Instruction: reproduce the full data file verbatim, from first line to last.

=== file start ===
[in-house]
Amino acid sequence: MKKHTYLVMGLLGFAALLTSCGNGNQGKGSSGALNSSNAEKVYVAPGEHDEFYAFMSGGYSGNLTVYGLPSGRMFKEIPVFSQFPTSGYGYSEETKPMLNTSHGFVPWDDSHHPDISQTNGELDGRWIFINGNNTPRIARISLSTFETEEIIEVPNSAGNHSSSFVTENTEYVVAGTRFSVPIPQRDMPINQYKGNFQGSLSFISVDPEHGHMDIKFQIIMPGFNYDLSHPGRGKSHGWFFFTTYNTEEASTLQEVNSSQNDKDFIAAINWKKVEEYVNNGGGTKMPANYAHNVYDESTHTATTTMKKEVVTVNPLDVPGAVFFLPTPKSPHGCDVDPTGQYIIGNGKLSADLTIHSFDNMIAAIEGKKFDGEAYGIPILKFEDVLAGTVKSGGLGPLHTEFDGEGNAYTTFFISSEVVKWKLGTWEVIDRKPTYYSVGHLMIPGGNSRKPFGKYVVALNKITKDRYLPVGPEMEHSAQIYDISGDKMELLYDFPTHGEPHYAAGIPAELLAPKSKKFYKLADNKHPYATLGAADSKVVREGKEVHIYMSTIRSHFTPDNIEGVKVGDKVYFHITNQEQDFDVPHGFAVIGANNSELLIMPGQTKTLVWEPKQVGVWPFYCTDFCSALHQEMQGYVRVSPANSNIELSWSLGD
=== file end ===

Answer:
[in-house]
Amino acid sequence: MKKHTYLVMGLLGFAALLTSCGNGNQGKGSSGALNSSNAEKVYVAPGEHDEFYAFMSGGYSGNLTVYGLPSGRMFKEIPVFSQFPTSGYGYSEETKPMLNTSHGFVPWDDSHHPDISQTNGELDGRWIFINGNNTPRIARISLSTFETEEIIEVPNSAGNHSSSFVTENTEYVVAGTRFSVPIPQRDMPINQYKGNFQGSLSFISVDPEHGHMDIKFQIIMPGFNYDLSHPGRGKSHGWFFFTTYNTEEASTLQEVNSSQNDKDFIAAINWKKVEEYVNNGGGTKMPANYAHNVYDESTHTATTTMKKEVVTVNPLDVPGAVFFLPTPKSPHGCDVDPTGQYIIGNGKLSADLTIHSFDNMIAAIEGKKFDGEAYGIPILKFEDVLAGTVKSGGLGPLHTEFDGEGNAYTTFFISSEVVKWKLGTWEVIDRKPTYYSVGHLMIPGGNSRKPFGKYVVALNKITKDRYLPVGPEMEHSAQIYDISGDKMELLYDFPTHGEPHYAAGIPAELLAPKSKKFYKLADNKHPYATLGAADSKVVREGKEVHIYMSTIRSHFTPDNIEGVKVGDKVYFHITNQEQDFDVPHGFAVIGANNSELLIMPGQTKTLVWEPKQVGVWPFYCTDFCSALHQEMQGYVRVSPANSNIELSWSLGD